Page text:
7) How all these factors interlink.
Lea and Young - Left Realists:
1) Lea and Young launched their new theory of crime and how to reduce it in 1984, criticising other left-wing writers (especially Marxists) for overlooking the reality of crime in Britain.
2) They said left-wing sociological debate and social policy on crime must start accepting that crimes other than white-collar crime are a problem, that there has been a rise in crime in Britain since WW2, that being a victim of crime is a very significant event in an individual's life, and that the fear of crime is a real factor in shaping modern urban lifestyles, especially for women.
Lea and Young - Policing Policy:
1) Lea and Young say that British policing policy needs to be centred on creating and maintaining good communication between the police and local communities, and that the public should have a key role in deciding policing policy, creating consensus policing where the policing are acting on the instructions of the local community.
2) They say the key role of the police should then be 'full and proper investigation of crime', and that the police need to improve their detection and clear-up rates.
Left Realists - Relative Deprivation:
1) Lea and Young argue that a sense of relative deprivation is a major factor leading to crime.
2) They say that these feelings of deprivation are compounded by the consumer culture of modern Britain, and that a rising standard of living can lead to a rising crime rate.
Left Realists Fighting Social Inequality:
1) Left realists identify deprivation and marginalisation as causes of crime. In the long term, they believe order will come from a fair and just society. They stress the need for all social agencies to have a direct aim of removing inequality.
2) Left realist work has influenced Labour government social policy since 1997.
Critics of Left Realism:
1) Hughes says the left realists haven't explained why some people who experience relative deprivation see crime as a solution and others don't. He argues there would be a lot more crime if relative deprivation was the main cause.
2) Critics also say that Lea and Young didn't collect enough data to develop a full theory of crime. Their theory only focuses on property crime.
Wilson - Right Realism:
1) Wilson believes individuals commit crimes because the gains outweigh the chances of being caught and punished. In order to reduce crime therefore, it's necessary to issue harsh punishments for the smallest crimes so as to act as a deterrent.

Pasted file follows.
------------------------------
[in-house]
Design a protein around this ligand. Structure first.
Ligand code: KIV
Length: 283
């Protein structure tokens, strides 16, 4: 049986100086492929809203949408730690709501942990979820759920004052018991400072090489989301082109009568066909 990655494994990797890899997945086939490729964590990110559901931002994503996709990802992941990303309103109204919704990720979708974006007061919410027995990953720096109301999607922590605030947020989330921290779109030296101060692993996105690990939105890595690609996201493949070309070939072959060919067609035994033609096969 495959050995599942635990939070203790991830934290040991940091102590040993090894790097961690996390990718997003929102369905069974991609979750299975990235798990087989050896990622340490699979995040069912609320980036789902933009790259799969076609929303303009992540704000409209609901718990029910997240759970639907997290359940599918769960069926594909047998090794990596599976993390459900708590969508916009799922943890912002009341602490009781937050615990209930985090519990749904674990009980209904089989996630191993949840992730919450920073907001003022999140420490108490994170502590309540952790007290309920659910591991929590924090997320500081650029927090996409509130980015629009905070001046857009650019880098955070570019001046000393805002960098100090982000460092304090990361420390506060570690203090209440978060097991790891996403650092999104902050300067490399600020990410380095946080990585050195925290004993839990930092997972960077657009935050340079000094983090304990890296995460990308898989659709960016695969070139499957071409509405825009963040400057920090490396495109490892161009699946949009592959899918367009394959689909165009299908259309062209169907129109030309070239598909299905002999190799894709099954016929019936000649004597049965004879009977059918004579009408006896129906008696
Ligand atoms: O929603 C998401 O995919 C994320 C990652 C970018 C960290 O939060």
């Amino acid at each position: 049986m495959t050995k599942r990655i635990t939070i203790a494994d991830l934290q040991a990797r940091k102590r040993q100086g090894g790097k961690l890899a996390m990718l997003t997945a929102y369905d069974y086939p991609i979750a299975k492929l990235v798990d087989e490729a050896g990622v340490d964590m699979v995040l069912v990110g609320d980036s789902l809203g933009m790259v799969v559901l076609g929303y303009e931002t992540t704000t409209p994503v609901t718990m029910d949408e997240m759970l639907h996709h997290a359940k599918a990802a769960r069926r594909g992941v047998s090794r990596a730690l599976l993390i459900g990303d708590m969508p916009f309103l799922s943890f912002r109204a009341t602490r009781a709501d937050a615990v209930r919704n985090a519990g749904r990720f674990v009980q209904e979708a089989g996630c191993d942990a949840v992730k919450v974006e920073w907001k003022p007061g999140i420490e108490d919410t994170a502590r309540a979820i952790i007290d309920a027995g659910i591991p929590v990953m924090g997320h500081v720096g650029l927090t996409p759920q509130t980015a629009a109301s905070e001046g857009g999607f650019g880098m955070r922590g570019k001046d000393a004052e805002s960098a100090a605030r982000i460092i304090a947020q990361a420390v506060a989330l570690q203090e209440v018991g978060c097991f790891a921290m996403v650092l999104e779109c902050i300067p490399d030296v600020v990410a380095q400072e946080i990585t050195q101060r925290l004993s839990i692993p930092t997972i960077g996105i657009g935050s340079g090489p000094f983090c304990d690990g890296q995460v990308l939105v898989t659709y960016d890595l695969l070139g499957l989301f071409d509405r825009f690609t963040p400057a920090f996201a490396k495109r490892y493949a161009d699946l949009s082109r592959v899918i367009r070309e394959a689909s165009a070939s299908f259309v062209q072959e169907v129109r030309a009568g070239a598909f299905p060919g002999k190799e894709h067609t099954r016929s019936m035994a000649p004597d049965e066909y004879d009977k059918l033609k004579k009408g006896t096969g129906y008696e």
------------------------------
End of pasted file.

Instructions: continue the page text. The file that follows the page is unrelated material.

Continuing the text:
2) This is the social policy of Zero Tolerance.
Wilson and Kelling - Right Realism:
1) Wilson and Kelling advocate taking resources and police supervision away from areas where law and order has broken down.
2) Wilson says that once social order has gone, it's almost impossible to regain it, so it's not worth wasting resources on trying, recommending that instead police be diverted to areas which aren't too far gone, to prevent breakdown of social order.
Murray - Right Realism:
1) Murray claims that the higher the risk of going to prison, the less likely people are to commit a crime.
Criticisms of Right Realism:
1) Jones questions the assertion that resources put into run-down areas are wasted. Investments in these areas can make a positive difference to communities who live there.
2) Critics also say that Zero Tolerance policies have led to a big rise in the US prison population - e.g. the 'three strikes and you're out' policy which means three serious offences automatically result in life imprisonment.
Police Crime Figures:
1) Police crime figures are official statistics that have been recorded and published annually in Britain since 1857.
2) They're useful because they're easy to access, can be used to identify trends and show the social background of criminals.
3)For 100 years, they were largely taken as an accurate record of all time, but recently their reliability has been questioned.
Issues with Police Crime Figures:
1) Official police records only report crime known to the police. Not all crime is reported to the police, due to factors such as intimidation, embarrassment, triviality, or people not having faith in the police.